The discussion which followed centred mainly on our defence of the KLA. While its fight for independence is a just one, clearly it is in danger of becoming simply a tool of imperialism. At the moment Nato does not see the KLA as trustworthy - hardly surprising, given its pan-Albanian ambitions. However, it is far from impossible that the KLA could be moulded into a Nato-sponsored army policing a Nato protectorate. If this becomes the case, clearly our slogans will change. While we would still be calling for self-determination for Kosova - this time against Nato - we would no longer give any support to the KLA.

Some comrades voiced concern that we need to be very clear with our slogans - that whilst we support the right of the KLA to be armed in its fight for self-determination, we are not ‘KLAists’ and certainly do not support its nationalist programme. We defend the democratic content of its programme, as we did with the IRA. But, however much we need to criticise the politics of the KLA, the cause of today’s crisis lies with the failure of the working class movement to support Kosovar rights. Without that Kosovars are bound to look towards the KLA and nationalism.

The final opening of the day was given by comrade John Bridge. He addressed his remarks mainly to the tasks facing us as an organisation during this period of air war and preparation for ground war. While the collapse of the Socialist Alliance electoral bloc is a setback, there still are possibilities. Two years of Blairism have clearly not brought the ‘crisis of expectations’ so excitedly predicted by the majority of the left. It is not, as leading SWPer Candy Udwin proclaims, “the best time to be a socialist”. It is a period of reaction - but one of a special type. Things can change very rapidly. The SWP, SPEW and others have taken a cowardly step back - unable to take on the SLP. As comrade Bridge argued, “While they can fool themselves that they will fight after the European elections, they will not have created either the space or garnered the political courage to take on Scargill in the London Assembly elections.” The CPGB, through standing in this election, can “give leadership to the left and fight to ensure that Scargill’s attempt to revitalise his Stalinite shell of a party does not go unchallenged”.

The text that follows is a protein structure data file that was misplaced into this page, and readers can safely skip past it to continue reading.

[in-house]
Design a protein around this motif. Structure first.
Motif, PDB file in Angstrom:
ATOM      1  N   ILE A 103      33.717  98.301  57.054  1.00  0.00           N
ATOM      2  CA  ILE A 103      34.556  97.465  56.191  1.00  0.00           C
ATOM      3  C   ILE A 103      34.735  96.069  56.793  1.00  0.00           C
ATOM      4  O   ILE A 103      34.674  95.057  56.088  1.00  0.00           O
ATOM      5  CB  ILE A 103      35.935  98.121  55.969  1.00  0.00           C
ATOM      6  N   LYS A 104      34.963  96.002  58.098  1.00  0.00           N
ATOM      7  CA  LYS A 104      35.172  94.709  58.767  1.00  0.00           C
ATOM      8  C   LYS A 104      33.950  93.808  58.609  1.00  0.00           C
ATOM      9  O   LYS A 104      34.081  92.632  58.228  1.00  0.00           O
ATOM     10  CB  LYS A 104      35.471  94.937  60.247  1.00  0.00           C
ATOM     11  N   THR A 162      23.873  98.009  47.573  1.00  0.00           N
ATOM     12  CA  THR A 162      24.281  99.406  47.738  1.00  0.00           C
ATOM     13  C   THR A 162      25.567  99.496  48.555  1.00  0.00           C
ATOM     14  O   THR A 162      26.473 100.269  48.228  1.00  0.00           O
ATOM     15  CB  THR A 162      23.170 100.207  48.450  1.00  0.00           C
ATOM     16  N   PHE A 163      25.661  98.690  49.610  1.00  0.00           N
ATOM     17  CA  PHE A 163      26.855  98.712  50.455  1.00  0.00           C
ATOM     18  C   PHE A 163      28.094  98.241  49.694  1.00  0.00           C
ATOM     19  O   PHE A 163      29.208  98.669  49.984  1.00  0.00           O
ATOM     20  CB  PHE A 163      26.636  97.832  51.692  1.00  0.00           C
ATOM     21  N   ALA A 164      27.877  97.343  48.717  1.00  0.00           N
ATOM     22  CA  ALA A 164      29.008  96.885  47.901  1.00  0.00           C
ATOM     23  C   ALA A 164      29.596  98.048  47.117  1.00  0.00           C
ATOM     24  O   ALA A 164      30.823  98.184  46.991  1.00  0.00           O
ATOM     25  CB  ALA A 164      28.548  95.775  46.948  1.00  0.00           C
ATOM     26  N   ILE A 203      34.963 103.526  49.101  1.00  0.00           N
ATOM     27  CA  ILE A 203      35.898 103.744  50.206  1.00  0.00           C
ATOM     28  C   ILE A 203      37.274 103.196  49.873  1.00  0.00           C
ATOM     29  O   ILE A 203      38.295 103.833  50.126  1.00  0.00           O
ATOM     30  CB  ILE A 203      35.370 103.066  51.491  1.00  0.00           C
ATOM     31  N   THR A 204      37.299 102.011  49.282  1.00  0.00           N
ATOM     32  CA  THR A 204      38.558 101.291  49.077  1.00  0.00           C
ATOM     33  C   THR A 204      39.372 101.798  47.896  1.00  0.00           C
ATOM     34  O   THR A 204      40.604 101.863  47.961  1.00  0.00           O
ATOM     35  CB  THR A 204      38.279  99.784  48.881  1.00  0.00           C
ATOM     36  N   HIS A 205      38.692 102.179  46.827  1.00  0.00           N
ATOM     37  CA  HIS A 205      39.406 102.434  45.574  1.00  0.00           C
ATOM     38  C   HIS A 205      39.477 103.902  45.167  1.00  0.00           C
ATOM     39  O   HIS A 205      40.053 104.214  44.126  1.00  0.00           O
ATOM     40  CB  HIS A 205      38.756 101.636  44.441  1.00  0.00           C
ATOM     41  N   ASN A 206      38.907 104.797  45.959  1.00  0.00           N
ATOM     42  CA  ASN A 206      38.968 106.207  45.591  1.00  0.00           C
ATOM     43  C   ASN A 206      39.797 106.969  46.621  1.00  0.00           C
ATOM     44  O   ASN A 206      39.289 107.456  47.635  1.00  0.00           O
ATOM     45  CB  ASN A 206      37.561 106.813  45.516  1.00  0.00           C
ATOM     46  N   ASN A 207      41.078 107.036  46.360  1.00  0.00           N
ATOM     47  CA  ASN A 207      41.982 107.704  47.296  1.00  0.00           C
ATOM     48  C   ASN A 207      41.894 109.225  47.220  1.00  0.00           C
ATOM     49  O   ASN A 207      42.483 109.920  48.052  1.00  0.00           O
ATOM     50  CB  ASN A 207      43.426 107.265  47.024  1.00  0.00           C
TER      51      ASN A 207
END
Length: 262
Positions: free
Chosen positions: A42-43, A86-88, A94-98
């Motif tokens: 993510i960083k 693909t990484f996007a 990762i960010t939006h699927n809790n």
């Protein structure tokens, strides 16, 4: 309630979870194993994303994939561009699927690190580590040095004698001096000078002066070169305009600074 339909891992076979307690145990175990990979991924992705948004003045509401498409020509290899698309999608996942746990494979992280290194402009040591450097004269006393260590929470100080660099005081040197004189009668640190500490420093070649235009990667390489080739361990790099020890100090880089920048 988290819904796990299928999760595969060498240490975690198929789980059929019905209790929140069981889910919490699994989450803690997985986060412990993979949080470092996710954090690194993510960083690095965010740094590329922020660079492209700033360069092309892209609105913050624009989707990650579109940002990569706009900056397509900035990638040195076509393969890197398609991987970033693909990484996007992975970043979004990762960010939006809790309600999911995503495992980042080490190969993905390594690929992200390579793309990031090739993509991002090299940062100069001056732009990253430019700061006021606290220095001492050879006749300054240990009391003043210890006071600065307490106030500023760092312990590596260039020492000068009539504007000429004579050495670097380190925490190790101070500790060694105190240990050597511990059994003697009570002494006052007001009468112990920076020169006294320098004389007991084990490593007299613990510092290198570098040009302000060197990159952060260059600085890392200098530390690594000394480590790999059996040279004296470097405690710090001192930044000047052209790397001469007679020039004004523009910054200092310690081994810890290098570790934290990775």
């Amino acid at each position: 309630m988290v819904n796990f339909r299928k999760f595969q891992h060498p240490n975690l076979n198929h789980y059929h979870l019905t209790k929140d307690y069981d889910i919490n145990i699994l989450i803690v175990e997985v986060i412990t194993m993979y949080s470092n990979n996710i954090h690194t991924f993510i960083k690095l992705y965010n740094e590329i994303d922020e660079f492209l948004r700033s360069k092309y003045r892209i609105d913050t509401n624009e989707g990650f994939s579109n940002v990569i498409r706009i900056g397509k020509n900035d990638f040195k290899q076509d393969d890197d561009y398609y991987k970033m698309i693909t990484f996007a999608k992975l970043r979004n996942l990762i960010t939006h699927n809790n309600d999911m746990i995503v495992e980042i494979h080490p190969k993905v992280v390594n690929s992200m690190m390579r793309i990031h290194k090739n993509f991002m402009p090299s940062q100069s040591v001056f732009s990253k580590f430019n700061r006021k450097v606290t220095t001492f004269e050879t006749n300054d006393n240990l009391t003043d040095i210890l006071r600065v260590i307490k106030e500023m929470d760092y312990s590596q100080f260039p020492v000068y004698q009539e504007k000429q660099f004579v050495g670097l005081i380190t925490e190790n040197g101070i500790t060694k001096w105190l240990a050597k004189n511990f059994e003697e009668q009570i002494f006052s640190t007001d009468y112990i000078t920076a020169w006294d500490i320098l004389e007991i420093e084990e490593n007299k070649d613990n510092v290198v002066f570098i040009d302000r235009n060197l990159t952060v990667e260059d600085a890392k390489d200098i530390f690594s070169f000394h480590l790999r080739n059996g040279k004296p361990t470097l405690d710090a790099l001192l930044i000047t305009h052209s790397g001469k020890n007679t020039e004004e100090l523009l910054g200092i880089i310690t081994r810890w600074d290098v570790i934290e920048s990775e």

The meeting concluded with the Summer Offensive. With a total of over £10,000 pledged at this one meeting, we are off to a good start. But we need the involvement of all those who in one way or another, or to one degree or another, support our EU election platform and the fight for principled unity. By donating to our fundraising campaign - we have a £25,000 target - you will play an important part in furthering the politics of revolutionary democracy against both Blairism and the national socialism of Scargill.

Anne Murphy